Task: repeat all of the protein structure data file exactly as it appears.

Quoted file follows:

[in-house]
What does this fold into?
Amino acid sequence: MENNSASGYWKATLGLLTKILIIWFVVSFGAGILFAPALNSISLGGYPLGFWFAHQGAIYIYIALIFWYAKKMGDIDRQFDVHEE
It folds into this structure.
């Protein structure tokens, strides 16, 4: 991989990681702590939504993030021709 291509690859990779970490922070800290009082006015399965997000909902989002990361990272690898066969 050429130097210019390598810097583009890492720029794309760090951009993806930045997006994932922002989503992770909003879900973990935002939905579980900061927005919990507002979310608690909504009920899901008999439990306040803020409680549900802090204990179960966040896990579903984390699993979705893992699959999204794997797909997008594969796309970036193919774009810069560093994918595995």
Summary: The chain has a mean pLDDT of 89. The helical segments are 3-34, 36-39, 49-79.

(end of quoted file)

[in-house]
What does this fold into?
Amino acid sequence: MENNSASGYWKATLGLLTKILIIWFVVSFGAGILFAPALNSISLGGYPLGFWFAHQGAIYIYIALIFWYAKKMGDIDRQFDVHEE
It folds into this structure.
């Protein structure tokens, strides 16, 4: 991989990681702590939504993030021709 291509690859990779970490922070800290009082006015399965997000909902989002990361990272690898066969 050429130097210019390598810097583009890492720029794309760090951009993806930045997006994932922002989503992770909003879900973990935002939905579980900061927005919990507002979310608690909504009920899901008999439990306040803020409680549900802090204990179960966040896990579903984390699993979705893992699959999204794997797909997008594969796309970036193919774009810069560093994918595995």
Summary: The chain has a mean pLDDT of 89. The helical segments are 3-34, 36-39, 49-79.